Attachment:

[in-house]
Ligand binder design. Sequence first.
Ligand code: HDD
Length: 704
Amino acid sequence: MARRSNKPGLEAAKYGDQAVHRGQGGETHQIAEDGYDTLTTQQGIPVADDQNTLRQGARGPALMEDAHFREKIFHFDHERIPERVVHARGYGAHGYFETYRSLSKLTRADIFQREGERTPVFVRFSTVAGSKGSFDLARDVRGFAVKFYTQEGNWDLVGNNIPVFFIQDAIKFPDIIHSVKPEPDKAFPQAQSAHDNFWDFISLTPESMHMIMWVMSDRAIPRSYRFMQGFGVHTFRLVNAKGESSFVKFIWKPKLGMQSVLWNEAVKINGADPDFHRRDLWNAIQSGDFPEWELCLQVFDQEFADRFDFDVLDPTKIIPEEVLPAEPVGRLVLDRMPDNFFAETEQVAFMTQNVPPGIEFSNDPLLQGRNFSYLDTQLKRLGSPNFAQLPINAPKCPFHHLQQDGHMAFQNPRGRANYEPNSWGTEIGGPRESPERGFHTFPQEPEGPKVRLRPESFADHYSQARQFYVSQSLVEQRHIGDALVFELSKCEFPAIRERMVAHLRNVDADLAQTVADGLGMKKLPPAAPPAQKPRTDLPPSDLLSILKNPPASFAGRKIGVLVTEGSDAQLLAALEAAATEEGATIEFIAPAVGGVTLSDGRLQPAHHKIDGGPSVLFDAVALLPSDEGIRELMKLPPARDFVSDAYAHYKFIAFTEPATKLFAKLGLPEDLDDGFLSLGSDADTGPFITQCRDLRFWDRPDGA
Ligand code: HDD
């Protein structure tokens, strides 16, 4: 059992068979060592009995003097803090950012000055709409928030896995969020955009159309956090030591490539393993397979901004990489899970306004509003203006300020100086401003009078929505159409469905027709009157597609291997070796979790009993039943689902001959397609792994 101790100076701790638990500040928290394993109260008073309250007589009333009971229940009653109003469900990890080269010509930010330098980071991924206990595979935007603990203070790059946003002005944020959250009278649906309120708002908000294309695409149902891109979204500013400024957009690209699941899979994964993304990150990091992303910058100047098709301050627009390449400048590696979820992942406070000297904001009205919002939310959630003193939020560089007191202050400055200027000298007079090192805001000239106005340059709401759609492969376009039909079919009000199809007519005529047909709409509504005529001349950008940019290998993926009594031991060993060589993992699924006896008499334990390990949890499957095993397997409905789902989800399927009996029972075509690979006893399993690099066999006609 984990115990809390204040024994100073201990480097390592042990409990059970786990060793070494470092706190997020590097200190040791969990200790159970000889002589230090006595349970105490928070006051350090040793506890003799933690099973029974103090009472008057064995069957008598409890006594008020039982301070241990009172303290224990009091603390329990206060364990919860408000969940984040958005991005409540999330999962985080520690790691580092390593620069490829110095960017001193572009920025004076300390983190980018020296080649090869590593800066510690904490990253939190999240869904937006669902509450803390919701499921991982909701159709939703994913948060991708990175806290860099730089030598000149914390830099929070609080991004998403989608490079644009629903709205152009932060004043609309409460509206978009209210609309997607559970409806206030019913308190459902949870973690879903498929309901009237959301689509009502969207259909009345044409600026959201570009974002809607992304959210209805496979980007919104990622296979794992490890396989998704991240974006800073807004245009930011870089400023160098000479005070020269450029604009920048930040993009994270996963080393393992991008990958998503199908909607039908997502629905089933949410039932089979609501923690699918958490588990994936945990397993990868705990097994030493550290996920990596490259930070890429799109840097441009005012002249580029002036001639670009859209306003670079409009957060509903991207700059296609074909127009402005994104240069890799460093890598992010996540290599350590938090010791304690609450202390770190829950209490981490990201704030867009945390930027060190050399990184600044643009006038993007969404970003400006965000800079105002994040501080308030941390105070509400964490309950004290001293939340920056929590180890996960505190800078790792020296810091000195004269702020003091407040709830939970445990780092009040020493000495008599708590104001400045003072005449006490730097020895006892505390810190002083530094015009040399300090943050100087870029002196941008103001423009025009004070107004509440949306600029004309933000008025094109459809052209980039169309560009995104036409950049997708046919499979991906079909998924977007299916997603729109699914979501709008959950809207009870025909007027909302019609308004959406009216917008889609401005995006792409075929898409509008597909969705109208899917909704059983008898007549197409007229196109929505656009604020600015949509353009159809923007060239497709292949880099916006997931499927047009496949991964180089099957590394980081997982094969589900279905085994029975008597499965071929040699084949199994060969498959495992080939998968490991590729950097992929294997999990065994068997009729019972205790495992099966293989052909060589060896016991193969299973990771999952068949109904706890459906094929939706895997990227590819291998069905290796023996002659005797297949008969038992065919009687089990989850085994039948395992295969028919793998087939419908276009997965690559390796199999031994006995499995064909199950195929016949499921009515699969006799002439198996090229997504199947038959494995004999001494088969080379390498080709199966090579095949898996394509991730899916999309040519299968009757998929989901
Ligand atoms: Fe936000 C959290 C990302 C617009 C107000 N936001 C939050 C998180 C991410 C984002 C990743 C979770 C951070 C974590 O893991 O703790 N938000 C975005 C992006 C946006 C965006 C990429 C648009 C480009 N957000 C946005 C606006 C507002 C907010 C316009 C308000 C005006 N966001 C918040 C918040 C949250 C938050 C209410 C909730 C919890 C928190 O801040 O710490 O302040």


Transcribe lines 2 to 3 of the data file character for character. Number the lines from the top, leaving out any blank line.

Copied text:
Ligand binder design. Sequence first.
Ligand code: HDD